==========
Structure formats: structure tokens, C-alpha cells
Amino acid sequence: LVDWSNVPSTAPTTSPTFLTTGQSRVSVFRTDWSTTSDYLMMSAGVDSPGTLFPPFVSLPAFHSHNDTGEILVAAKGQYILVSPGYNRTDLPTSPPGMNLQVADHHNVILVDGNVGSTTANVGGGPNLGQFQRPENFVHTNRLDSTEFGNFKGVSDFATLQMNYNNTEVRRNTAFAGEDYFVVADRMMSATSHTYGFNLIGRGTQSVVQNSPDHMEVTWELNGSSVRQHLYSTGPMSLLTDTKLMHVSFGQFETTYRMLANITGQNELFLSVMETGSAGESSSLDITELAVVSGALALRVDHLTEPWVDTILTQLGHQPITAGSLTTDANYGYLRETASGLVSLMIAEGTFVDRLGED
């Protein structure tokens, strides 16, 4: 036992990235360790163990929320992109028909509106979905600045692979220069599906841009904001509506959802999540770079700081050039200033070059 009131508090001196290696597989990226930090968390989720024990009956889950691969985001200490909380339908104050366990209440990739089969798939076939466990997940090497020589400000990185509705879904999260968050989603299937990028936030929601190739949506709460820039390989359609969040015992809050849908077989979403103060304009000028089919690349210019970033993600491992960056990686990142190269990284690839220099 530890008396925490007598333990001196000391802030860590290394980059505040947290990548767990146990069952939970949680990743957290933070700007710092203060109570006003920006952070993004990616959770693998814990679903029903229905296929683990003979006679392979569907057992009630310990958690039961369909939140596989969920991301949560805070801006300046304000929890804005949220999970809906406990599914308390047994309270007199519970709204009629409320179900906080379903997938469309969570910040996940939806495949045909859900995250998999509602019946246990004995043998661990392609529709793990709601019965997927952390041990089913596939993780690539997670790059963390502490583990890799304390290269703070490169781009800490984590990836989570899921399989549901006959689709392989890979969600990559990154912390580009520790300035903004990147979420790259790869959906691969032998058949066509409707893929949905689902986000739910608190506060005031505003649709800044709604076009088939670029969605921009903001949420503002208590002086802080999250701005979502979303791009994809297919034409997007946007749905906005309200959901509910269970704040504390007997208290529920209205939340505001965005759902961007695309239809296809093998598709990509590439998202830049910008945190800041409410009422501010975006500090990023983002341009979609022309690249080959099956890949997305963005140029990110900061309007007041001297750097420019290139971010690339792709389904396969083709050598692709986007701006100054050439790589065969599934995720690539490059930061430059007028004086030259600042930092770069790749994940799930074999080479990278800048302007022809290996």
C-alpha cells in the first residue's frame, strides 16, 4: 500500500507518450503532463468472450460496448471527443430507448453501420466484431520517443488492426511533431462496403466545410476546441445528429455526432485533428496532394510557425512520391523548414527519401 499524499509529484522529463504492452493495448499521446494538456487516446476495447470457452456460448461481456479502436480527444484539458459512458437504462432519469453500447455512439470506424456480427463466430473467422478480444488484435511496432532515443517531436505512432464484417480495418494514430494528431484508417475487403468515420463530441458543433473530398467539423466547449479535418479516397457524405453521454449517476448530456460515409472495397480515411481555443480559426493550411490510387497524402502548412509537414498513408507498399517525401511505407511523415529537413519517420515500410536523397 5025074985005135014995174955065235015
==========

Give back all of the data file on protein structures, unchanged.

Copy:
Structure formats: structure tokens, C-alpha cells
Amino acid sequence: LVDWSNVPSTAPTTSPTFLTTGQSRVSVFRTDWSTTSDYLMMSAGVDSPGTLFPPFVSLPAFHSHNDTGEILVAAKGQYILVSPGYNRTDLPTSPPGMNLQVADHHNVILVDGNVGSTTANVGGGPNLGQFQRPENFVHTNRLDSTEFGNFKGVSDFATLQMNYNNTEVRRNTAFAGEDYFVVADRMMSATSHTYGFNLIGRGTQSVVQNSPDHMEVTWELNGSSVRQHLYSTGPMSLLTDTKLMHVSFGQFETTYRMLANITGQNELFLSVMETGSAGESSSLDITELAVVSGALALRVDHLTEPWVDTILTQLGHQPITAGSLTTDANYGYLRETASGLVSLMIAEGTFVDRLGED
């Protein structure tokens, strides 16, 4: 036992990235360790163990929320992109028909509106979905600045692979220069599906841009904001509506959802999540770079700081050039200033070059 009131508090001196290696597989990226930090968390989720024990009956889950691969985001200490909380339908104050366990209440990739089969798939076939466990997940090497020589400000990185509705879904999260968050989603299937990028936030929601190739949506709460820039390989359609969040015992809050849908077989979403103060304009000028089919690349210019970033993600491992960056990686990142190269990284690839220099 530890008396925490007598333990001196000391802030860590290394980059505040947290990548767990146990069952939970949680990743957290933070700007710092203060109570006003920006952070993004990616959770693998814990679903029903229905296929683990003979006679392979569907057992009630310990958690039961369909939140596989969920991301949560805070801006300046304000929890804005949220999970809906406990599914308390047994309270007199519970709204009629409320179900906080379903997938469309969570910040996940939806495949045909859900995250998999509602019946246990004995043998661990392609529709793990709601019965997927952390041990089913596939993780690539997670790059963390502490583990890799304390290269703070490169781009800490984590990836989570899921399989549901006959689709392989890979969600990559990154912390580009520790300035903004990147979420790259790869959906691969032998058949066509409707893929949905689902986000739910608190506060005031505003649709800044709604076009088939670029969605921009903001949420503002208590002086802080999250701005979502979303791009994809297919034409997007946007749905906005309200959901509910269970704040504390007997208290529920209205939340505001965005759902961007695309239809296809093998598709990509590439998202830049910008945190800041409410009422501010975006500090990023983002341009979609022309690249080959099956890949997305963005140029990110900061309007007041001297750097420019290139971010690339792709389904396969083709050598692709986007701006100054050439790589065969599934995720690539490059930061430059007028004086030259600042930092770069790749994940799930074999080479990278800048302007022809290996």
C-alpha cells in the first residue's frame, strides 16, 4: 500500500507518450503532463468472450460496448471527443430507448453501420466484431520517443488492426511533431462496403466545410476546441445528429455526432485533428496532394510557425512520391523548414527519401 499524499509529484522529463504492452493495448499521446494538456487516446476495447470457452456460448461481456479502436480527444484539458459512458437504462432519469453500447455512439470506424456480427463466430473467422478480444488484435511496432532515443517531436505512432464484417480495418494514430494528431484508417475487403468515420463530441458543433473530398467539423466547449479535418479516397457524405453521454449517476448530456460515409472495397480515411481555443480559426493550411490510387497524402502548412509537414498513408507498399517525401511505407511523415529537413519517420515500410536523397 5025074985005135014995174955065235015